The department sought data on two lawmakers from California who were prominent critics of President Donald Trump — Rep. Adam B. Schiff, then the panel’s ranking Democrat and now its chairman, and Rep. Eric Swalwell — the committee official and Swalwell said Thursday night. The committee official, who like others spoke on the condition of anonymity because the matter remains politically sensitive, said that Apple in May had notified at least 12 people connected to the panel of subpoenas for their data, and that one minor was among them.
Democrats swiftly condemned the moves, news of which followed three recent disclosures to national media organizations that the Trump Justice Department had secretly sought reporters’ phone and email records in an effort to identify the sources of leaks.
“President Trump repeatedly and flagrantly demanded that the Department of Justice carry out his political will, and tried to use the Department as a cudgel against his political opponents and members of the media. It is increasingly apparent that those demands did not fall on deaf ears,” Schiff said in a statement. “The politicization of the Department and the attacks on the rule of law are among the most dangerous assaults on our democracy carried out by the former President.”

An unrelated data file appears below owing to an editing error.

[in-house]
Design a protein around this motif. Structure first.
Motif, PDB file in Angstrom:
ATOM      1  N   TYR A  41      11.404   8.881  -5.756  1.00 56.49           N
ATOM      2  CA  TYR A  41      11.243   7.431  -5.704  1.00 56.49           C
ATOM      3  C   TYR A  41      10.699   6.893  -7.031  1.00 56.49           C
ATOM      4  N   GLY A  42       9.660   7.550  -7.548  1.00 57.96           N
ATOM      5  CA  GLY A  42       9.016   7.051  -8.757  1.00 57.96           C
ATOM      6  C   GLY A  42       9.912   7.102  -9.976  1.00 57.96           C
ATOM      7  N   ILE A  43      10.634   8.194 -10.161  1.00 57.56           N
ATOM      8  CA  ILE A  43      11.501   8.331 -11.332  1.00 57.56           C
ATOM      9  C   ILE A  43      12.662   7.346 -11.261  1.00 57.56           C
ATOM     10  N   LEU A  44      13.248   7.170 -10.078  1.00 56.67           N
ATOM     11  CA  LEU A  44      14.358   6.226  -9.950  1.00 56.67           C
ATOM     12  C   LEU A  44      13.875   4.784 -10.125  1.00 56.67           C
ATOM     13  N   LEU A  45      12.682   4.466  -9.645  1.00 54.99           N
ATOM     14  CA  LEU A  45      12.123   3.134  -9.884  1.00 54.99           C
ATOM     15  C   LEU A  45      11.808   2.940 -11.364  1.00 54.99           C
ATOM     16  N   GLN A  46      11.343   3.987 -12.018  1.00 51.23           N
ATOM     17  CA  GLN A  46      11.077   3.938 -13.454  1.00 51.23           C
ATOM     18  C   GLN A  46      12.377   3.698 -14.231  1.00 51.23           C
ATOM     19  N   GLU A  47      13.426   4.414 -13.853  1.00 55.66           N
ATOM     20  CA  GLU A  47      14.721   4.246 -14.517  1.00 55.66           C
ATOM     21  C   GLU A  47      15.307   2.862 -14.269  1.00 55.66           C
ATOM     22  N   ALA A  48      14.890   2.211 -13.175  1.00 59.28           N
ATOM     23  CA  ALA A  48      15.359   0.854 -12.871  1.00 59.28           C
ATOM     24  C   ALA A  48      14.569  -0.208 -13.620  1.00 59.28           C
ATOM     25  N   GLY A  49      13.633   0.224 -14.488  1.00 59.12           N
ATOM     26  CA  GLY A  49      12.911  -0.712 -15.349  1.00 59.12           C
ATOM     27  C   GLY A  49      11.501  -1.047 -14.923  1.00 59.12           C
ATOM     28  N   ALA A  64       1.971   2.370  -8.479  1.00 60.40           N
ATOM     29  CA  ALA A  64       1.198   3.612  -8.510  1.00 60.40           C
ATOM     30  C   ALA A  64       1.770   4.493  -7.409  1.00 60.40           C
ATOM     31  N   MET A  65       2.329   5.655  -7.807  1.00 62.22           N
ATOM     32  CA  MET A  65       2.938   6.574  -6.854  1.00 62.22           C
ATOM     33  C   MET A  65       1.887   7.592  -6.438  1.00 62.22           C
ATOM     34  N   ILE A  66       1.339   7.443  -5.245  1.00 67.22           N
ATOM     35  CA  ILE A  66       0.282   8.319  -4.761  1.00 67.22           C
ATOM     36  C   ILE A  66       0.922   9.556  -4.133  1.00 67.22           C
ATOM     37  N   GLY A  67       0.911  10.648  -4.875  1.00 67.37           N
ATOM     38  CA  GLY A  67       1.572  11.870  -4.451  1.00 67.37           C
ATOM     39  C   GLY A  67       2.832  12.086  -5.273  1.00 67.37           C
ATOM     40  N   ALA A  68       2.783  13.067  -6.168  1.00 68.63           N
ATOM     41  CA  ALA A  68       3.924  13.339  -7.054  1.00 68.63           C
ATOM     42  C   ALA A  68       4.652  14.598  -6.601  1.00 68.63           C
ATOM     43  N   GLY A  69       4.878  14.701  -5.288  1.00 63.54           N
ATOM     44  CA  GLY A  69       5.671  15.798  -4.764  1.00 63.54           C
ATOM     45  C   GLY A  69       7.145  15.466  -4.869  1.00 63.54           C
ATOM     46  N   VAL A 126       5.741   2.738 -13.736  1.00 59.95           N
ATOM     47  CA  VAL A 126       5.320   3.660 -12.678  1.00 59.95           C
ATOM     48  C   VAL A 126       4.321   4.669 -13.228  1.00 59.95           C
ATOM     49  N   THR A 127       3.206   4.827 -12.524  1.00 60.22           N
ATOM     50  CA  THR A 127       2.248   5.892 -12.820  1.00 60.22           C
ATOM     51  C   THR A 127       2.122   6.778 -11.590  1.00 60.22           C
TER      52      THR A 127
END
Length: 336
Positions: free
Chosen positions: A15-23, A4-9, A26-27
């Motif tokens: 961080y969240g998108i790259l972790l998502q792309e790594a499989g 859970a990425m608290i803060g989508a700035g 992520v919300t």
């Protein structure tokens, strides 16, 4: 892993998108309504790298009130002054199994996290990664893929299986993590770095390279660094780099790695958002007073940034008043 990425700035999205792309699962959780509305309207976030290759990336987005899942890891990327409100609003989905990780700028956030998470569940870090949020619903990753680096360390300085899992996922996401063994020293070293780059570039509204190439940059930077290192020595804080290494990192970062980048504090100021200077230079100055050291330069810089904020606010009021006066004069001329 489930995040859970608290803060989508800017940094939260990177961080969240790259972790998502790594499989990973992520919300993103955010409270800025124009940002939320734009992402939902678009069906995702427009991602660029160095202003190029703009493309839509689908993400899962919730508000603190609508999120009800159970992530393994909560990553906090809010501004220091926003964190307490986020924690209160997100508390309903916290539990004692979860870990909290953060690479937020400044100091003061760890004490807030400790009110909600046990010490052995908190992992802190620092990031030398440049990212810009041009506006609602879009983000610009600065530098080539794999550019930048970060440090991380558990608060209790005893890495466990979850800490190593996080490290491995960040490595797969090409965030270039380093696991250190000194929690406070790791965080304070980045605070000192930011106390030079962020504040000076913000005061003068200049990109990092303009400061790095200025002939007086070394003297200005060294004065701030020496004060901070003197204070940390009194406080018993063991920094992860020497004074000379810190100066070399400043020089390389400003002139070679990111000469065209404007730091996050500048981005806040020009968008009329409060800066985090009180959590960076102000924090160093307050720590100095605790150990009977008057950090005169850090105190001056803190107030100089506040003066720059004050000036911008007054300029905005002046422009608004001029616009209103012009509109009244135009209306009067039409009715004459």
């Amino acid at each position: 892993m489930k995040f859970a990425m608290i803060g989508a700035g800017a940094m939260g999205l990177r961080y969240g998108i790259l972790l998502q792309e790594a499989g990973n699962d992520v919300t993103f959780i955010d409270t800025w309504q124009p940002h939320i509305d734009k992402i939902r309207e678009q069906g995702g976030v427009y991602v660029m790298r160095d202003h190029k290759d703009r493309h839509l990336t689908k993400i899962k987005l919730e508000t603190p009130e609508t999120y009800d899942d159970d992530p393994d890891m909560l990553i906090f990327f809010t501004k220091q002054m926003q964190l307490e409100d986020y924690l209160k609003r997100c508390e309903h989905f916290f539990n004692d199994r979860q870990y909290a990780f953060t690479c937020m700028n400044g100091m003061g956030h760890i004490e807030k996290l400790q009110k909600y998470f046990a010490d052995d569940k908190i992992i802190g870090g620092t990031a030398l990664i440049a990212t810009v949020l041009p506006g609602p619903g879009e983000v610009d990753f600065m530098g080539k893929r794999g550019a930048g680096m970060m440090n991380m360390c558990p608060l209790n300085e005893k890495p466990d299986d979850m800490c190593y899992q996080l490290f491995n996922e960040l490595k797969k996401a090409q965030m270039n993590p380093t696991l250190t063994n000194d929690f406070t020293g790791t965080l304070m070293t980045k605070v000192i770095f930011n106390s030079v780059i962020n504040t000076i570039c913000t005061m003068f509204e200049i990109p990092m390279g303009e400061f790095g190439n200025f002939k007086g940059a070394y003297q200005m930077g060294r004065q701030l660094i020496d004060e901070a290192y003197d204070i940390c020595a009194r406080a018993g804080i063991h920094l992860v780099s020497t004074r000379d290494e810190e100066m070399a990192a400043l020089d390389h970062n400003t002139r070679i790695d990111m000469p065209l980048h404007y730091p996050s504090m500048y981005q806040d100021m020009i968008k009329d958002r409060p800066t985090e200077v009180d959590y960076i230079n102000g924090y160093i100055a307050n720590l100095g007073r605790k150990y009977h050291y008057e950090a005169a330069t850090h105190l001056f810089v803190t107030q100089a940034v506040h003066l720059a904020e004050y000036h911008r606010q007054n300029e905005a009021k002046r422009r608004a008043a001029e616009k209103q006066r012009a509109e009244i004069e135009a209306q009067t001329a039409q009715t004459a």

News of the department’s moves to obtain lawmakers’ data were first reported by the New York Times. A Justice Department spokesman declined to comment. A spokesperson for Apple did not respond to requests for comment, and Trump did not immediately comment.
Schiff said in his statement that the committee was informed by the Justice Department in May that the investigation had been closed. Appearing on CNN late Thursday night, Swalwell said he had been notified by Apple that the Justice Department had subpoenaed records of his communications from the 2017-2018 period. He condemned in particular that the move was kept secret for so long.